Article: Comparison between clinical disabilities and electrophysiological values in Charcot-Marie-Tooth 1A patients with PMP22 duplication.[show abstract] [hide abstract]
ABSTRACT: Charcot-Marie-Tooth disease (CMT) type 1A (CMT1A) is the demyelinating form of CMT that is significantly associated with PMP22 duplication. Some studies have found that the disease-related disabilities of these patients are correlated with their compound muscle action potentials (CMAPs), while others have suggested that they are related to the nerve conduction velocities. In the present study, we investigated the correlations between the disease-related disabilities and the electrophysiological values in a large cohort of Korean CMT1A patients. We analyzed 167 CMT1A patients of Korean origin with PMP22 duplication using clinical and electrophysiological assessments, including the CMT neuropathy score and the functional disability scale. Clinical motor disabilities were significantly correlated with the CMAPs but not the motor nerve conduction velocities (MNCVs). Moreover, the observed sensory impairments matched the corresponding reductions in the sensory nerve action potentials (SNAPs) but not with slowing of the sensory nerve conduction velocities (SNCVs). In addition, CMAPs were strongly correlated with the disease duration but not with the age at onset. The terminal latency index did not differ between CMT1A patients and healthy controls. In CMT1A patients, disease-related disabilities such as muscle wasting and sensory impairment were strongly correlated with CMAPs and SNAPs but not with the MNCVs or SNCVs. Therefore, we suggest that the clinical disabilities of CMT patients are determined by the extent of axonal dysfunction.Journal of Clinical Neurology 06/2012; 8(2):139-45. · 1.69 Impact Factor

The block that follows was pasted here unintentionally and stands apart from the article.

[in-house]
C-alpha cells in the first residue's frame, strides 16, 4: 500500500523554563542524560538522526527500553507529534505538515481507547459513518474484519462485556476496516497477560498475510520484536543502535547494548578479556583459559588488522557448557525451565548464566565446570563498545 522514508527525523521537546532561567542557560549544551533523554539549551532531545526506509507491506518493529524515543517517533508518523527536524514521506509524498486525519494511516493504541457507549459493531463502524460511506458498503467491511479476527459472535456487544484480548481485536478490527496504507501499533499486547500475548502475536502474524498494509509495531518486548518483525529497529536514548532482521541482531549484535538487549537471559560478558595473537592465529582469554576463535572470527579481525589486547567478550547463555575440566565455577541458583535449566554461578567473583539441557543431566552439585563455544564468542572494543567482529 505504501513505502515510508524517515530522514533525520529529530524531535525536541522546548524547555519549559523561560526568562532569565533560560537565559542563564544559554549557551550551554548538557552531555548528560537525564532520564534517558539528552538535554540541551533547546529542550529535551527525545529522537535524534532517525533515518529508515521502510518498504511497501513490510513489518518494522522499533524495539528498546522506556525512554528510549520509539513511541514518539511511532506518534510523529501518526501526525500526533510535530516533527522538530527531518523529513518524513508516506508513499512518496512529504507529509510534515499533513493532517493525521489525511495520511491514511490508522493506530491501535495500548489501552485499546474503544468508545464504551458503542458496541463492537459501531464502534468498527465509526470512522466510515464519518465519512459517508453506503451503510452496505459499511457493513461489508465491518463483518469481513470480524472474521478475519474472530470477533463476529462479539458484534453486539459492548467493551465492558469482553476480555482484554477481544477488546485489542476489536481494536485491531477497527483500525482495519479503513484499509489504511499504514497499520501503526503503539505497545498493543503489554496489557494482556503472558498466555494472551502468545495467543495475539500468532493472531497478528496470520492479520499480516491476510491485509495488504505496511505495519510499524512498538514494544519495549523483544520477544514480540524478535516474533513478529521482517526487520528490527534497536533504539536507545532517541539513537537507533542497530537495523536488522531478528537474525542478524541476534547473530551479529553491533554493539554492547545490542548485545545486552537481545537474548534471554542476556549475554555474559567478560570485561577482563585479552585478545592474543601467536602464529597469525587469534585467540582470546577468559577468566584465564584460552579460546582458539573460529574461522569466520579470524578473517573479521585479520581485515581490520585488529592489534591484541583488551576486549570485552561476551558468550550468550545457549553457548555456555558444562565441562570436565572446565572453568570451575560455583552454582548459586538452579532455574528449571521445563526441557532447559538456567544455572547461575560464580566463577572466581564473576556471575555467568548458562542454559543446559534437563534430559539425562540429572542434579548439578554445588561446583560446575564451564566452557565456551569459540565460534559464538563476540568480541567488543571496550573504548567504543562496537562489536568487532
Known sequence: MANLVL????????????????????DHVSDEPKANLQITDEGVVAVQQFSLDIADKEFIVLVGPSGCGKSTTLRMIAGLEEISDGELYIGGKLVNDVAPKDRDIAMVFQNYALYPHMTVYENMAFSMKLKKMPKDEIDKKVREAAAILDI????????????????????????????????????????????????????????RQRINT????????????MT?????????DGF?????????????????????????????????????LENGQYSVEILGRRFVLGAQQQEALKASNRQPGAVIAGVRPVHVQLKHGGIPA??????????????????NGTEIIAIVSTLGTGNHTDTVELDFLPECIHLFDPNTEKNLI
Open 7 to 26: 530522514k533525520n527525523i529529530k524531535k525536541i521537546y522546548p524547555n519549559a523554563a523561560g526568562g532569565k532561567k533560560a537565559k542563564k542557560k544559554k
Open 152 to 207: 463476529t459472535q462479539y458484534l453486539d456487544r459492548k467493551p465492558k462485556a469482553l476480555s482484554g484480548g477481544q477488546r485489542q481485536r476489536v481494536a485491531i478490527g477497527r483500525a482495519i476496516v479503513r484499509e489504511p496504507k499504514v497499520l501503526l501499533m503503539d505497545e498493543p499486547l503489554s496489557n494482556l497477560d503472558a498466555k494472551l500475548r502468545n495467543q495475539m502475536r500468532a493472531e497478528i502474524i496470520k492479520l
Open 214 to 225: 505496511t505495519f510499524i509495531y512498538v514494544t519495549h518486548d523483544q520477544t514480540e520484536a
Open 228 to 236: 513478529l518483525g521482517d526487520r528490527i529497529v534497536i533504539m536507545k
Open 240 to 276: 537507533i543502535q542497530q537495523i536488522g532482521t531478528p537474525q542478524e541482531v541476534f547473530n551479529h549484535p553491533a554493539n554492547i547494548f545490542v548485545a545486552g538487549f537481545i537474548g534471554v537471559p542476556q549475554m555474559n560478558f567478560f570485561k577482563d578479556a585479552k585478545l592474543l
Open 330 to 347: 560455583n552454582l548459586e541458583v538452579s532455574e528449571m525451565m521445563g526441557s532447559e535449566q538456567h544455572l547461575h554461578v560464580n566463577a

Article: The mutational spectrum in a cohort of Charcot-Marie-Tooth disease type 2 among the Han Chinese in Taiwan.[show abstract] [hide abstract]
ABSTRACT: Charcot-Marie-Tooth disease type 2 (CMT2) is a clinically and genetically heterogeneous group of inherited axonal neuropathies. The aim of this study was to extensively investigate the mutational spectrum of CMT2 in a cohort of patients of Han Chinese. Genomic DNA from 36 unrelated Taiwanese CMT2 patients of Han Chinese descent was screened for mutations in the coding regions of the MFN2, RAB7, TRPV4, GARS, NEFL, HSPB1, MPZ, GDAP1, HSPB8, DNM2, AARS and YARS genes. Ten disparate mutations were identified in 14 patients (38.9% of the cohort), including p.N71Y in AARS (2.8%), p.T164A in HSPB1 (2.8%), and p.[H256R]+[R282H] in GDAP1 (2.8%) in one patient each, three NEFL mutations in six patients (16.7%) and four MFN2 mutations in five patients (13.9%). The following six mutations were novel: the individual AARS, HSPB1 and GDAP1 mutations and c.475-1G>T, p.L233V and p.E744M mutations in MFN2. An in vitro splicing assay revealed that the MFN2 c.475-1G>T mutation causes a 4 amino acid deletion (p.T159_Q162del). Despite an extensive survey, the genetic causes of CMT2 remained elusive in the remaining 22 CMT2 patients (61.1%). This study illustrates the spectrum of CMT2 mutations in a Taiwanese CMT2 cohort and expands the number of CMT2-associated mutations. The relevance of the AARS and HSPB1 mutations in the pathogenesis of CMT2 is further highlighted. Moreover, the frequency of the NEFL mutations in this study cohort was unexpectedly high. Genetic testing for NEFL and MFN2 mutations should, therefore, be the first step in the molecular diagnosis of CMT2 in ethnic Chinese.PLoS ONE 01/2011; 6(12):e29393. · 4.09 Impact Factor